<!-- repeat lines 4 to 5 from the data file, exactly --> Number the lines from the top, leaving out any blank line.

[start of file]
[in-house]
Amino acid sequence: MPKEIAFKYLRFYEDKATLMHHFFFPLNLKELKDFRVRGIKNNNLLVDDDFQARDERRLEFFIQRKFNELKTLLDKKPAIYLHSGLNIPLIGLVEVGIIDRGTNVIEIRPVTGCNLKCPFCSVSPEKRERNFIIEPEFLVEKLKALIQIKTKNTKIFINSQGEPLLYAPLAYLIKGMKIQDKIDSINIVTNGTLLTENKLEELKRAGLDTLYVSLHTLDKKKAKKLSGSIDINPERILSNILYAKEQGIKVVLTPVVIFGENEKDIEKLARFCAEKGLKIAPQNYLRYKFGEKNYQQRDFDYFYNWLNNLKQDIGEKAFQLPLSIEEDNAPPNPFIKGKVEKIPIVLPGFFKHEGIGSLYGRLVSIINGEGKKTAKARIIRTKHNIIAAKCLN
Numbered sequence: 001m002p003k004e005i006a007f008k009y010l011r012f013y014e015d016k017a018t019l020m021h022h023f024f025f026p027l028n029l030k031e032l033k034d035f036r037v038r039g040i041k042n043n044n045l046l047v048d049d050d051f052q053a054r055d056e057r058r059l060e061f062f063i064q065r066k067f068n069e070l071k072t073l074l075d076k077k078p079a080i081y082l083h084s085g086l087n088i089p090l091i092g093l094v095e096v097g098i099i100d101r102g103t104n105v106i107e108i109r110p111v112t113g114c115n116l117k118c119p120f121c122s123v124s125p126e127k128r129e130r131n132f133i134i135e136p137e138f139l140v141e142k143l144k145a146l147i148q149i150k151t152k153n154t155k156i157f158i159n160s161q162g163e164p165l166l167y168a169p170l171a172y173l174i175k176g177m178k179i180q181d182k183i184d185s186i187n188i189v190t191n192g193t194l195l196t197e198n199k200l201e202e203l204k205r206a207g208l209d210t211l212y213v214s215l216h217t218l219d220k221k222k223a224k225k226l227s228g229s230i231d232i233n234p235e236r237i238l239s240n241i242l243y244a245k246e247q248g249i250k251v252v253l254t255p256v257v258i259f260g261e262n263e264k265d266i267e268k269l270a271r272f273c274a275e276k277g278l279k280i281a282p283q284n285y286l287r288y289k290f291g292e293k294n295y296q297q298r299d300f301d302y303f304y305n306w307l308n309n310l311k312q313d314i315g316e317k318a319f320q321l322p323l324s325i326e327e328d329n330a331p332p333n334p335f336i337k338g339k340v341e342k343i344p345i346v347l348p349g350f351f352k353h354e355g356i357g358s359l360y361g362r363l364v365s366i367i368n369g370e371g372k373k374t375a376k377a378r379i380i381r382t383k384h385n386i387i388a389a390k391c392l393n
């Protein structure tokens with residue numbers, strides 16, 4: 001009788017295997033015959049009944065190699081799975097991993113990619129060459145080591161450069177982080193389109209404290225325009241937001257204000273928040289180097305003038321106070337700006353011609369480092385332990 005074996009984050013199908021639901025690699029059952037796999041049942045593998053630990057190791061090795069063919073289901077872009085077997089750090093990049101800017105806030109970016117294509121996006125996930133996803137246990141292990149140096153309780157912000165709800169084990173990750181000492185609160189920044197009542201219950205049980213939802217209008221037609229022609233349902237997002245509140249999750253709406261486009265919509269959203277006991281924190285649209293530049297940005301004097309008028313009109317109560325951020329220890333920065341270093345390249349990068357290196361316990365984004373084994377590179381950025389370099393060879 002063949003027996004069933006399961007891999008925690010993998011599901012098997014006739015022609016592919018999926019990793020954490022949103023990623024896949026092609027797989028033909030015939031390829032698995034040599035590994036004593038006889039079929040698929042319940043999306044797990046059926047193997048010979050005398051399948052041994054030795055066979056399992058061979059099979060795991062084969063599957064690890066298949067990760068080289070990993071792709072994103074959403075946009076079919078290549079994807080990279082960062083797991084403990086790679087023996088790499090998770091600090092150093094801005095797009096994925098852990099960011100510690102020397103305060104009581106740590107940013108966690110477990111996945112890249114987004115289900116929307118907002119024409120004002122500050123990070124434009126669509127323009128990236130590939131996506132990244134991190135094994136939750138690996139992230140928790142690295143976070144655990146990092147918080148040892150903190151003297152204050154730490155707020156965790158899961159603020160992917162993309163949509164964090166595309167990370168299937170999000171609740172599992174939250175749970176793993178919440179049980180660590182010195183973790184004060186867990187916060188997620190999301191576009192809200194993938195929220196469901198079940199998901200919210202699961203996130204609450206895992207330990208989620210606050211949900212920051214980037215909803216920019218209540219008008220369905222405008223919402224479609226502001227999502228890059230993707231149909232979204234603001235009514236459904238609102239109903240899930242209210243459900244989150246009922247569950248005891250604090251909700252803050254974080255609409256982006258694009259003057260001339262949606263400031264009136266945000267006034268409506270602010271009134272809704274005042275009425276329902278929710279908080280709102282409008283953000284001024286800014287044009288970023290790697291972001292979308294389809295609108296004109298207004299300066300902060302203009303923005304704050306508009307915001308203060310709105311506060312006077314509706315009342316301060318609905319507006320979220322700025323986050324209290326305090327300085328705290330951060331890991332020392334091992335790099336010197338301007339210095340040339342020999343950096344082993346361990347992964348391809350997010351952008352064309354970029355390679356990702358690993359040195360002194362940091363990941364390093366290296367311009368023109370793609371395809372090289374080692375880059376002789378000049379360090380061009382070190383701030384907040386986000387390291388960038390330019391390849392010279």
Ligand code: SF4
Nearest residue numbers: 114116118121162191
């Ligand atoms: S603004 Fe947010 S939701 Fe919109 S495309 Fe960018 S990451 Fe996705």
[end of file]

């Protein structure tokens with residue numbers, strides 16, 4: 001009788017295997033015959049009944065190699081799975097991993113990619129060459145080591161450069177982080193389109209404290225325009241937001257204000273928040289180097305003038321106070337700006353011609369480092385332990 005074996009984050013199908021639901025690699029059952037796999041049942045593998053630990057190791061090795069063919073289901077872009085077997089750090093990049101800017105806030109970016117294509121996006125996930133996803137246990141292990149140096153309780157912000165709800169084990173990750181000492185609160189920044197009542201219950205049980213939802217209008221037609229022609233349902237997002245509140249999750253709406261486009265919509269959203277006991281924190285649209293530049297940005301004097309008028313009109317109560325951020329220890333920065341270093345390249349990068357290196361316990365984004373084994377590179381950025389370099393060879 002063949003027996004069933006399961007891999008925690010993998011599901012098997014006739015022609016592919018999926019990793020954490022949103023990623024896949026092609027797989028033909030015939031390829032698995034040599035590994036004593038006889039079929040698929042319940043999306044797990046059926047193997048010979050005398051399948052041994054030795055066979056399992058061979059099979060795991062084969063599957064690890066298949067990760068080289070990993071792709072994103074959403075946009076079919078290549079994807080990279082960062083797991084403990086790679087023996088790499090998770091600090092150093094801005095797009096994925098852990099960011100510690102020397103305060104009581106740590107940013108966690110477990111996945112890249114987004115289900116929307118907002119024409120004002122500050123990070124434009126669509127323009128990236130590939131996506132990244134991190135094994136939750138690996139992230140928790142690295143976070144655990146990092147918080148040892150903190151003297152204050154730490155707020156965790158899961159603020160992917162993309163949509164964090166595309167990370168299937170999000171609740172599992174939250175749970176793993178919440179049980180660590182010195183973790184004060186867990187916060188997620190999301191576009192809200194993938195929220196469901198079940199998901200919210202699961203996130204609450206895992207330990208989620210606050211949900212920051214980037215909803216920019218209540219008008220369905222405008223919402224479609226502001227999502228890059230993707231149909232979204234603001235009514236459904238609102239109903240899930242209210243459900244989150246009922247569950248005891250604090251909700252803050254974080255609409256982006258694009259003057260001339262949606263400031264009136266945000267006034268409506270602010271009134272809704274005042275009425276329902278929710279908080280709102282409008283953000284001024286800014287044009288970023290790697291972001292979308294389809295609108296004109298207004299300066300902060302203009303923005304704050306508009307915001308203060310709105311506060312006077314509706315009342316301060318609905319507006320979220322700025323986050324209290326305090327300085328705290330951060331890991332020392334091992335790099336010197338301007339210095340040339342020999343950096344082993346361990347992964348391809350997010351952008352064309354970029355390679356990702358690993359040195360002194362940091363990941364390093366290296367311009368023109370793609371395809372090289374080692375880059376002789378000049379360090380061009382070190383701030384907040386986000387390291388960038390330019391390849392010279």
Ligand code: SF4